Will a High Speed Train Boost our Economy?

The success of the High Speed Train project will really depend on the willingness of Americans to become less car oriented and embrace public transportation

High Speed Train Dilemma

High Speed Train Dilemma

Contrary to my friend and publisher Dr. Ramakers who likes the high speed train projects, I am a true-blooded American with a deep love for the freedom of the automobile, that may outrank practicality of transportation, but is it just me or am I seeing some really stupid stuff going on that is costing us billions of dollars.  I couldn’t help but watch with a dropped jaw the President announcing in Florida this week the need for a high speed train from Tampa to Orlando.  Think about this for a minute, Tampa to Orlando?  I truly don’t get this one.  Is this going to increase tourism in Florida?  Will this provide much needed jobs now?  Will there be enough business for the project to sustain itself financially or will people still prefer to take their cars?

I think the answer to all the above questions would be a simple, NO.  I don’t see this train having any increase on tourism in the state.  As far as producing jobs, construction will not end until 2014 and 2017, so much for what we need now.  How many people will flock to this wonder train to nowhere and fork out whatever the cost will be to ride it?  I don’t see it as a money maker, I think it will become another unfunded mandate on the taxpayers of this state.

Our elected officials are saying they hope for a $2.5 billion funding to come through although there are those who think it will be less, somewhere around $1.8 or so.  I don’t think anyone has thought this thing through completely.  I wonder what $2.5 billion could do for the economy of the state and reducing unemployment if it were loaned to small businesses?  Just a thought.

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  1. publisher

    Nick, after 30 years on American shores I do understand and can appreciate the love for automobiles. However automobiles as an employment industry will be dying a slow death in our society until we can figure out how to let them all run independently on computer controlled grids, especially where it concerns urban areas. Much of mid distance continental travel will be comfortable high speed trains, while coast to coast and transatlantic/transpacific travel obviously will be aircraft. It's the logical progression. With you I originally questioned the Tampa-Orlando choice as poorly thought thru, but it isn't. It connects two of Florida's 3 real international airports, both destinations have considerable tourism attractions and what's most important; the project is about the perfect size to get your feet wet in this technology and learn about market acceptance and feasibility. I'm still very much in favor, although I question the Whitehouse on the creation of 20,000 jobs. Maybe gross, but not net, meaning with a lot of job creation in the train corridor, there will be a lot of job-loss in the highway corridor. And as far as your question of spreading $2 billion among small businesses would create jobs, I would be very reluctant. Assuming 20,000 small business in Florida (obviously there are a lot more) each would get only $100,000. Not a lot of growth security to start hiring again I think. No, I strongly believe in projects like the high speed train, although I do have reservations about utilizing proper experience and the Whitehouse projected exuberance about job expectations.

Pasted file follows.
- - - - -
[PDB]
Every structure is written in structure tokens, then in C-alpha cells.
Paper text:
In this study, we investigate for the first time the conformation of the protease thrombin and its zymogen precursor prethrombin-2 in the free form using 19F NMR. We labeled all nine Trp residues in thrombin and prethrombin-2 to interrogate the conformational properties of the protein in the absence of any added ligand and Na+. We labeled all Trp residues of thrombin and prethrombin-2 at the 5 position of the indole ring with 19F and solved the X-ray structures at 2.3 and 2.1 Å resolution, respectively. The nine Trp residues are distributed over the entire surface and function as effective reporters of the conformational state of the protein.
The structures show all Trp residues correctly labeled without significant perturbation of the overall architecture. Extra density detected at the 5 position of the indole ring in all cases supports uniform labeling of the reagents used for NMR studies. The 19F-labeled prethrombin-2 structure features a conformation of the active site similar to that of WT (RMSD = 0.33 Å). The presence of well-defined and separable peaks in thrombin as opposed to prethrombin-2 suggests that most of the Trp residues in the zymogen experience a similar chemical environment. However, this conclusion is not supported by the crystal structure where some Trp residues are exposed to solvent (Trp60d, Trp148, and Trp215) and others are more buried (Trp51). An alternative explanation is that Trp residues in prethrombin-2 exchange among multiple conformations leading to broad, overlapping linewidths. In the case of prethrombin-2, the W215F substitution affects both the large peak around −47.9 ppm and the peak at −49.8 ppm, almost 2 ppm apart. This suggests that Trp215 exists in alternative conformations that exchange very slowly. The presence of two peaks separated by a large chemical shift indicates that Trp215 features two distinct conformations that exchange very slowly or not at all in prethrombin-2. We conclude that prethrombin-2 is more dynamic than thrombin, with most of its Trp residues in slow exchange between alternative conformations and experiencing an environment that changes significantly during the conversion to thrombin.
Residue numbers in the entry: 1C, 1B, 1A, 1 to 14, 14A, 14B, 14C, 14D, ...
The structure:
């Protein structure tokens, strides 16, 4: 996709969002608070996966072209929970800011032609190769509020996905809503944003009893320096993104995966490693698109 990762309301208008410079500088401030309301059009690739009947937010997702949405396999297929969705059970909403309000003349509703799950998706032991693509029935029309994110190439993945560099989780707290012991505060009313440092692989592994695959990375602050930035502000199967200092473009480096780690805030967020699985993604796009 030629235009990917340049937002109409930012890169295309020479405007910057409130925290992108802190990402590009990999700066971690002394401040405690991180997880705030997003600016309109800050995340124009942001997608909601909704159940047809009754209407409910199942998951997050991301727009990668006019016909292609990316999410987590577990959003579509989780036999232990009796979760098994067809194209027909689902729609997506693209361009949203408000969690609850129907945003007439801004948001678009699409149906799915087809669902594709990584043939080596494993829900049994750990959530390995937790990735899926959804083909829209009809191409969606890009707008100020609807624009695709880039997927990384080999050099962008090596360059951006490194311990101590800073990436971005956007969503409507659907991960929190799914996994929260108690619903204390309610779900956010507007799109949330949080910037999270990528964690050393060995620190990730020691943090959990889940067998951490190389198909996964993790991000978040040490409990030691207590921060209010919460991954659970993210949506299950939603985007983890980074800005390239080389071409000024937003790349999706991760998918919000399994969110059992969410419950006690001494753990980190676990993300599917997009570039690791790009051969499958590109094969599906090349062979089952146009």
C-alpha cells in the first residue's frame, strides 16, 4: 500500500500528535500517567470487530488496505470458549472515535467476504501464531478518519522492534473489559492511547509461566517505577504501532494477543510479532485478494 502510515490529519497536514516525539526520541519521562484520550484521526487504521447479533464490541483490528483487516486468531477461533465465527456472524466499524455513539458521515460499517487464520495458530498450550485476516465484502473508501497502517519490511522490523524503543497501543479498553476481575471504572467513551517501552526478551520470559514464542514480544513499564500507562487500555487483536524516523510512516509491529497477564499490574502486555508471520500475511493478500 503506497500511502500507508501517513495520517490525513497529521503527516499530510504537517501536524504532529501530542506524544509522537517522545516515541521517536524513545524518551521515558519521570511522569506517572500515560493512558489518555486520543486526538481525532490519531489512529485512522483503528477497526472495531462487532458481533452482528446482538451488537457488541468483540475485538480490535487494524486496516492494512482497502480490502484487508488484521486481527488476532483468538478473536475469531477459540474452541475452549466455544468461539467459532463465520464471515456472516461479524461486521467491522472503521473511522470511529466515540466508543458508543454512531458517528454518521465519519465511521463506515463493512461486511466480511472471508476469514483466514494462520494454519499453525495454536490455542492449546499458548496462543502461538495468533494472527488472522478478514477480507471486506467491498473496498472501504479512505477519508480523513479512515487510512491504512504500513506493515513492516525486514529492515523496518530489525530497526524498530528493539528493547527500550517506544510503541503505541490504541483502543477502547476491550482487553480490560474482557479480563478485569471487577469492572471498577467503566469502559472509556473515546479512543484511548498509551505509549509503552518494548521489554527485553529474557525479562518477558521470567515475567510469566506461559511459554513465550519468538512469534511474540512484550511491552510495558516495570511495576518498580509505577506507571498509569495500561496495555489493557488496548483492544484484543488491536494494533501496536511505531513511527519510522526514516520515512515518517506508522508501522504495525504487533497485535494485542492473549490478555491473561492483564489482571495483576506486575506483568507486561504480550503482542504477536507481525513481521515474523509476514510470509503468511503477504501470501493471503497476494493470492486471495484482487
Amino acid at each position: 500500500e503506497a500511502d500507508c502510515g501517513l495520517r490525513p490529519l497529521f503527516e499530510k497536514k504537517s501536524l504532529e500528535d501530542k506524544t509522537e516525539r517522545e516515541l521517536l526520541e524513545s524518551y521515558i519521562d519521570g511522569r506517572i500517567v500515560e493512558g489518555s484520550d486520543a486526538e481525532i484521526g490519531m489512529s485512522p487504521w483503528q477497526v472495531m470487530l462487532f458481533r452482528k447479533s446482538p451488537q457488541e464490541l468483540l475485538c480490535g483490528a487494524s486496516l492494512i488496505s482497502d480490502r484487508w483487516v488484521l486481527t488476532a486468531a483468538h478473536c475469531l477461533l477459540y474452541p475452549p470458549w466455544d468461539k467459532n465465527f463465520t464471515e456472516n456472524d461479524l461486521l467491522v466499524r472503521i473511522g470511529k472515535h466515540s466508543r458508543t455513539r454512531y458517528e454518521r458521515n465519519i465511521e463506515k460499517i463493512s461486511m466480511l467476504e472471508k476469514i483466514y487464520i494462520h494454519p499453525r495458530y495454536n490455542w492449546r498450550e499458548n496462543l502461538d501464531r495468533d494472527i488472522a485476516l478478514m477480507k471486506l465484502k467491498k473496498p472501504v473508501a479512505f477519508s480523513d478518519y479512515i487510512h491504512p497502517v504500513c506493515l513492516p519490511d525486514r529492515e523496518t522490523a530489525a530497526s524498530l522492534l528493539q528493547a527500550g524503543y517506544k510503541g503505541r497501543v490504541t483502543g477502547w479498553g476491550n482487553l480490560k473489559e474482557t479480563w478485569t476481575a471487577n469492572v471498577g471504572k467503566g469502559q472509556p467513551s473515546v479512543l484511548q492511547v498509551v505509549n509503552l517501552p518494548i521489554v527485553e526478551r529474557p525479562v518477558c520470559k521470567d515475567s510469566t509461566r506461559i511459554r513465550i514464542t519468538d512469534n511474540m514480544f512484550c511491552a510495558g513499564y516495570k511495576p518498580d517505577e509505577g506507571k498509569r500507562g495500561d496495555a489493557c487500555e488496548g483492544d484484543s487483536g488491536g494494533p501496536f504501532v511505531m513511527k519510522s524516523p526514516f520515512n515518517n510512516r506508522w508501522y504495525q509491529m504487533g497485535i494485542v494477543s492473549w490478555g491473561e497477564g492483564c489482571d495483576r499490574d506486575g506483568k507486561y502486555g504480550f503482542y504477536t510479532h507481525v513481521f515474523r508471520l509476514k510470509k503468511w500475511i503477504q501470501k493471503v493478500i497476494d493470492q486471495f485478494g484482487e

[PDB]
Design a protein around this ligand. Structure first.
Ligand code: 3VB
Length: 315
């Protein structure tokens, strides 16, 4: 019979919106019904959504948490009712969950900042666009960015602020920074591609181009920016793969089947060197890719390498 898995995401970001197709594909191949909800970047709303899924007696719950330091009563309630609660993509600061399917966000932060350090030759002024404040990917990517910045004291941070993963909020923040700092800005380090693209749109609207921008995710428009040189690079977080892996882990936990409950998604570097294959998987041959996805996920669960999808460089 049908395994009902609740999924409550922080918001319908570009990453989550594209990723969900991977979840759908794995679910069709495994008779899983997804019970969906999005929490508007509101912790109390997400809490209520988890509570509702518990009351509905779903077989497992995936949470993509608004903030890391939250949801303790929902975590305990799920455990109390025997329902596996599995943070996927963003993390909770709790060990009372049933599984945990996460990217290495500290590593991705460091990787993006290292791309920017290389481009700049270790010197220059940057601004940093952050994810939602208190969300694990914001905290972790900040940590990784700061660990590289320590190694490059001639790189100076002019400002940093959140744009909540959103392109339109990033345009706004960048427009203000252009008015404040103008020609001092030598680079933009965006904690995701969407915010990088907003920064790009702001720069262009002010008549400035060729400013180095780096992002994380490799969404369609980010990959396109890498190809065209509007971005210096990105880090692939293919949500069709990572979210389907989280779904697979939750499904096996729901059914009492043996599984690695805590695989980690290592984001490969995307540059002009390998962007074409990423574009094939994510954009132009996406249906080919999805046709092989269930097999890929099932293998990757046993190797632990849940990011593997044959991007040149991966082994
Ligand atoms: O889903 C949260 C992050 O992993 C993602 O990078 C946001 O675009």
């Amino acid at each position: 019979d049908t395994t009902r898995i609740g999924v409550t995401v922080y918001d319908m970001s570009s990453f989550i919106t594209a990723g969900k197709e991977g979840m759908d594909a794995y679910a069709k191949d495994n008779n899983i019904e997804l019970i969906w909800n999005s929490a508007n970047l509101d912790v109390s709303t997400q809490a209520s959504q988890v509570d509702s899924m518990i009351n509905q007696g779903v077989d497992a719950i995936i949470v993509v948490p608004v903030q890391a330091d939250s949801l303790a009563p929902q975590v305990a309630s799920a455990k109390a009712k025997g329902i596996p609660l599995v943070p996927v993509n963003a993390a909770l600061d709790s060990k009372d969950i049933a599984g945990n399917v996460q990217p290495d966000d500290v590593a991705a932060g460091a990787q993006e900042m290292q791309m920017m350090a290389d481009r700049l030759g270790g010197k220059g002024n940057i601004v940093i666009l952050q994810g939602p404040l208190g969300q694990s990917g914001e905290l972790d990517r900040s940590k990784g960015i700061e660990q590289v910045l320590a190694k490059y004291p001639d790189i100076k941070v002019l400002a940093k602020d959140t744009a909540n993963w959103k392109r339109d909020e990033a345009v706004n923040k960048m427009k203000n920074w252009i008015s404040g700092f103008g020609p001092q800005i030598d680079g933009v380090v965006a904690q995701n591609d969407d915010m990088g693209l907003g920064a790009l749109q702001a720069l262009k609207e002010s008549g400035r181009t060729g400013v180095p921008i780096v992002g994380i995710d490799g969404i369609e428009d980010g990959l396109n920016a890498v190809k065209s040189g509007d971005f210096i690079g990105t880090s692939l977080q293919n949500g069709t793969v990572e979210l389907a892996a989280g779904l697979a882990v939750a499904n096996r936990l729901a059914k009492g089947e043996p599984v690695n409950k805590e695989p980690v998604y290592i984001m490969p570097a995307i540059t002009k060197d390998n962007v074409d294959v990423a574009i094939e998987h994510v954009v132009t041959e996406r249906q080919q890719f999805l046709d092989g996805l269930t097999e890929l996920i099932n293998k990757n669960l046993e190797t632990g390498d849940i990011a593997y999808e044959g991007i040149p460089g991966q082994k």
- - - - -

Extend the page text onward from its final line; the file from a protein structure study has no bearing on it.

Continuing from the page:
2. tommylee

    This is my 400th comment here and I have to agree with the publisher on his take. I would like to add that historically ignorance has done a lot of harm and wasted resources and thus money. If the Whitehouse thinks it is wise to rely only on US expertise with a project like this, I can only point to the Japanese and their 1970 – 2000 dominance growth in technology, car manufacturing and other areas. They where wise. “Learn from the best and see what you can improve on it over time.”

    I can only hope that the same goes for a technology like the high speed train development and operation that the US government hires the technical knowledge from those that have gone through the “child's diseases”. Re-inventing the wheel is in this day and age a foolish and costly approach.

  3. publisher

    400 comments. Wow. Your comment about how the Japanese became techno giants holds ground as I remember coming to the States in 1979 for a Dutch Real Estate company. We bought into several joint ventures with US developers and in various States from east to westcoast and learned from the best for a couple of years and then applied that knowledge to spread our own wings into the US real estate marketplace. Worked like a champ. Hopefully that's how the high speed train projects are going to be approached.

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